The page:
Lawyers for the family of a Hofstra student who died in a 2013 police shooting want a judge to let them depose Nassau's top police official and inspect police records as they seek answers about what hostage incident procedures were in place that day.
In a Nov. 24 order, state Supreme Court Justice George Peck said police officials should be in court Dec. 23 to answer a legal filing connected to late student Andrea Rebello. The judge would then hear any arguments they have about why terms of the filing shouldn't be granted.
Rebello, a 21-year-old junior from Tarrytown, died after a Nassau police officer accidentally shot her in her off-campus apartment as a gunman used her as a shield during an armed home invasion.
A Nassau district attorney's office review later found Officer Nikolas Budimlic, who also shot and killed the armed intruder, was justified in using deadly force.
However, Rebello's relatives filed a wrongful-death lawsuit last year against the county and police department. The new filing is part of a special proceeding lawyers for Rebello's family initiated as they pursue the civil claim.
The lawyers' requests to inspect police records and depose acting Police Commissioner Thomas Krumpter and police attorney Joanne Oweis grew out of the department's conflicting responses to Freedom of Information Act requests, court records show.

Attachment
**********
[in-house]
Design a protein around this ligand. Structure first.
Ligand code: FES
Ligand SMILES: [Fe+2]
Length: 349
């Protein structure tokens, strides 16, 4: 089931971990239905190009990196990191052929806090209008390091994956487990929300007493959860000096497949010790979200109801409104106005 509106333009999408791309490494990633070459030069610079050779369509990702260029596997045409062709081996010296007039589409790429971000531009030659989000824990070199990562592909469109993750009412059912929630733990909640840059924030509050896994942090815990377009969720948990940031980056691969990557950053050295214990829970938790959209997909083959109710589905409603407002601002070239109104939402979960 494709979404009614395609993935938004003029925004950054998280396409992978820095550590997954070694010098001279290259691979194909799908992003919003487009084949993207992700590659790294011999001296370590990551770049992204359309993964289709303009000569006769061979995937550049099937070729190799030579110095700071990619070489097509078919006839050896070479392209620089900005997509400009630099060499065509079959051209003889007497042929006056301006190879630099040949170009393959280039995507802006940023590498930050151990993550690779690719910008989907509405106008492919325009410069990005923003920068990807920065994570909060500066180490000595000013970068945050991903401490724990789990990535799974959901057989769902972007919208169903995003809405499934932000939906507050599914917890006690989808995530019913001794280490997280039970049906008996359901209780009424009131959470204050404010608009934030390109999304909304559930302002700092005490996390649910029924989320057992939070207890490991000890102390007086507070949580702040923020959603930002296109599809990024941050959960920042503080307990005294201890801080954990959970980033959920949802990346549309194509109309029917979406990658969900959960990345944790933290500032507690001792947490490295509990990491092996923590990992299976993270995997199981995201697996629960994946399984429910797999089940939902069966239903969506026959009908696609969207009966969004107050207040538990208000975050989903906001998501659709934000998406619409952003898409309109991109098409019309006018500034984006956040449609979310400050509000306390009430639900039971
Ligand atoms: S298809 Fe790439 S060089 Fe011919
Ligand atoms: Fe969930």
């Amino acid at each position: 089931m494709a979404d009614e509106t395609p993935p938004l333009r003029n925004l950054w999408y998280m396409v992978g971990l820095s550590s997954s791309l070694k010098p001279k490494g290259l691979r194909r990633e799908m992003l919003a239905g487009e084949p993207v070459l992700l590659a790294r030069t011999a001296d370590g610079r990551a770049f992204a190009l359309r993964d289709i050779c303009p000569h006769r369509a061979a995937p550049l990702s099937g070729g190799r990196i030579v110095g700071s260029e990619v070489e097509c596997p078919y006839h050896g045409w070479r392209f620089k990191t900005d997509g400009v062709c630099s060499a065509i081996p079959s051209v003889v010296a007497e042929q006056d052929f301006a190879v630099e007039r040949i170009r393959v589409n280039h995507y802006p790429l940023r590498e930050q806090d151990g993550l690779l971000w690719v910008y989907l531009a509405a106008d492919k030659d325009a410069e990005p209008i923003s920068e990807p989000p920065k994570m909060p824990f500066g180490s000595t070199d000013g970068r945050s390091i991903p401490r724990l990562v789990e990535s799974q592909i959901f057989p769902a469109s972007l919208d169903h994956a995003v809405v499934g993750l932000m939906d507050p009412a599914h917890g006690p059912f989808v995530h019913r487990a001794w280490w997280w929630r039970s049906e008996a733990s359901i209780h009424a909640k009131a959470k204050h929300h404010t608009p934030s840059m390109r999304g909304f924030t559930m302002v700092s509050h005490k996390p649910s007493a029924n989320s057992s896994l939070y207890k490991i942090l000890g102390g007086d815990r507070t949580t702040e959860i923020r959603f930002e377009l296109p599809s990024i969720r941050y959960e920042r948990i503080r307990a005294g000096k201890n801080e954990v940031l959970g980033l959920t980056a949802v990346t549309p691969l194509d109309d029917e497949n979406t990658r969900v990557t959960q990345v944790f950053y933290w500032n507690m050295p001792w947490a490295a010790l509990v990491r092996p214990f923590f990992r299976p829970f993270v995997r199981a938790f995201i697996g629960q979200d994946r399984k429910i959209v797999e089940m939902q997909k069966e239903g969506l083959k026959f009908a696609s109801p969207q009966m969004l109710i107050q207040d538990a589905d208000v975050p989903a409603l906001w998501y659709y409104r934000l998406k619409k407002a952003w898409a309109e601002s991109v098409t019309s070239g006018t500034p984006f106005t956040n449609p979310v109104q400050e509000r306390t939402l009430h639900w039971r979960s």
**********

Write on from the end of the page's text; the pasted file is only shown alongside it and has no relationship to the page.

In an emailed statement, Tatum Fox, counsel for Krumpter, said Monday that the department doesn't comment on pending litigation.
Records show Manhattan attorney David Roth filed the matter on behalf of his co-counsel in the Rebello case, Byron Lassin, who is appealing to the court in what's known as an Article 78 proceeding.
The filing says the police department answered one public record request after a court order by confirming a 1995 Commissioner's Procedural Order relating to hostage incidents was in place when Rebello died.
But when the attorneys then requested all Commissioner's Procedural Orders from 1995 through July 1, 2015, Krumpter replied that "no such records exist."
The filing says police also denied a request for a separate hostage incident procedure mentioned in a police manual, with Krumpter saying the department "cannot provide such documentation as there are no records responsive to your request."
Roth said Monday there's reason to question what procedures were in place in 2013 because police officials have contradicted themselves.
"Either the Nassau police have hostage / barricade procedures to follow or they don't. These records are important to public safety and the shell game that is being played regarding these procedures requires a complete and thorough investigation," he wrote in the filing.